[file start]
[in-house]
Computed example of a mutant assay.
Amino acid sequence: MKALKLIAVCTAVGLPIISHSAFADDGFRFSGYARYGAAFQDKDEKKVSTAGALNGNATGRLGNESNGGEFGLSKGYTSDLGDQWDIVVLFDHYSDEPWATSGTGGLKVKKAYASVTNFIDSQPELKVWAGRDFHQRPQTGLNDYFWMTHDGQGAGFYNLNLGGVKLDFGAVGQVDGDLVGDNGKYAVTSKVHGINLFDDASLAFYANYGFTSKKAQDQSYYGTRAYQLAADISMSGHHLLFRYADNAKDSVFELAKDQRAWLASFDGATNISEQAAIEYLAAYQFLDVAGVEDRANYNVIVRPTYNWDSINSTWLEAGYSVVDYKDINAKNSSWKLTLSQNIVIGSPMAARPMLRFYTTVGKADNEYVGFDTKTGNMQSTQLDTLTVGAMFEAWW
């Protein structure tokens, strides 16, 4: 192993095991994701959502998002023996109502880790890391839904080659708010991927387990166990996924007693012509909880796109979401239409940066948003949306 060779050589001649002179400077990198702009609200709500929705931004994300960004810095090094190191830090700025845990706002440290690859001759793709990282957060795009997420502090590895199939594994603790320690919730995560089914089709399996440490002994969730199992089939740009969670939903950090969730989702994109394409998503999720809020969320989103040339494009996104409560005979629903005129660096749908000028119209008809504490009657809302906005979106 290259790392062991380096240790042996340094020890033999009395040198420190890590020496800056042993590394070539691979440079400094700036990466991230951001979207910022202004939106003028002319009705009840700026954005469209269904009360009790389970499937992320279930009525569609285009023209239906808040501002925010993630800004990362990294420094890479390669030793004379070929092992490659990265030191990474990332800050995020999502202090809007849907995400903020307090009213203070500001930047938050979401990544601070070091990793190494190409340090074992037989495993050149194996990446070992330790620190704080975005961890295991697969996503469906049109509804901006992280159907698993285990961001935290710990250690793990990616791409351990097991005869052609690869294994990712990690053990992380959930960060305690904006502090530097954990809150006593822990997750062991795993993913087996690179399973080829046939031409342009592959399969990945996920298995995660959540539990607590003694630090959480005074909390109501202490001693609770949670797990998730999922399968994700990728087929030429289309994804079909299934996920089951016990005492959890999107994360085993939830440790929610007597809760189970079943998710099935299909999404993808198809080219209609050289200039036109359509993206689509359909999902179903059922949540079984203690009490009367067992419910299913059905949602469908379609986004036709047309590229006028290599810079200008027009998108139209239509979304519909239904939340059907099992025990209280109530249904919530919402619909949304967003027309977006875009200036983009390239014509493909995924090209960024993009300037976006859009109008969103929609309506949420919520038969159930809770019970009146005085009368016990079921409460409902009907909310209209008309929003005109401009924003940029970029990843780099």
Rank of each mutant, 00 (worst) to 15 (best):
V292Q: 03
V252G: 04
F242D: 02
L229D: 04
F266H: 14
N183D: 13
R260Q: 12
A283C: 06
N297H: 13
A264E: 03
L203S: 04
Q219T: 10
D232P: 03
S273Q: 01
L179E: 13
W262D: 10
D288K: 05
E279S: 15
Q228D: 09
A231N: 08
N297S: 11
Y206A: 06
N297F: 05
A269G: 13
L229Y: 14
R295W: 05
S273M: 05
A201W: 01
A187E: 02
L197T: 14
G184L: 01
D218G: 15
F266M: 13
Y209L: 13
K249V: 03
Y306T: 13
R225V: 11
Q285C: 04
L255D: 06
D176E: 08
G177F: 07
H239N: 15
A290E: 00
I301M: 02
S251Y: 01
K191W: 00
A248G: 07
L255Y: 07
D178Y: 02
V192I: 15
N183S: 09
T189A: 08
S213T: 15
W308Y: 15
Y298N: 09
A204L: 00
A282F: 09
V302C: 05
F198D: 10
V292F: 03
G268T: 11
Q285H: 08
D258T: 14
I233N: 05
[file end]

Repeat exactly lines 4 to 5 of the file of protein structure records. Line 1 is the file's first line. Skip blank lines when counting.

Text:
């Protein structure tokens, strides 16, 4: 192993095991994701959502998002023996109502880790890391839904080659708010991927387990166990996924007693012509909880796109979401239409940066948003949306 060779050589001649002179400077990198702009609200709500929705931004994300960004810095090094190191830090700025845990706002440290690859001759793709990282957060795009997420502090590895199939594994603790320690919730995560089914089709399996440490002994969730199992089939740009969670939903950090969730989702994109394409998503999720809020969320989103040339494009996104409560005979629903005129660096749908000028119209008809504490009657809302906005979106 290259790392062991380096240790042996340094020890033999009395040198420190890590020496800056042993590394070539691979440079400094700036990466991230951001979207910022202004939106003028002319009705009840700026954005469209269904009360009790389970499937992320279930009525569609285009023209239906808040501002925010993630800004990362990294420094890479390669030793004379070929092992490659990265030191990474990332800050995020999502202090809007849907995400903020307090009213203070500001930047938050979401990544601070070091990793190494190409340090074992037989495993050149194996990446070992330790620190704080975005961890295991697969996503469906049109509804901006992280159907698993285990961001935290710990250690793990990616791409351990097991005869052609690869294994990712990690053990992380959930960060305690904006502090530097954990809150006593822990997750062991795993993913087996690179399973080829046939031409342009592959399969990945996920298995995660959540539990607590003694630090959480005074909390109501202490001693609770949670797990998730999922399968994700990728087929030429289309994804079909299934996920089951016990005492959890999107994360085993939830440790929610007597809760189970079943998710099935299909999404993808198809080219209609050289200039036109359509993206689509359909999902179903059922949540079984203690009490009367067992419910299913059905949602469908379609986004036709047309590229006028290599810079200008027009998108139209239509979304519909239904939340059907099992025990209280109530249904919530919402619909949304967003027309977006875009200036983009390239014509493909995924090209960024993009300037976006859009109008969103929609309506949420919520038969159930809770019970009146005085009368016990079921409460409902009907909310209209008309929003005109401009924003940029970029990843780099």
Rank of each mutant, 00 (worst) to 15 (best):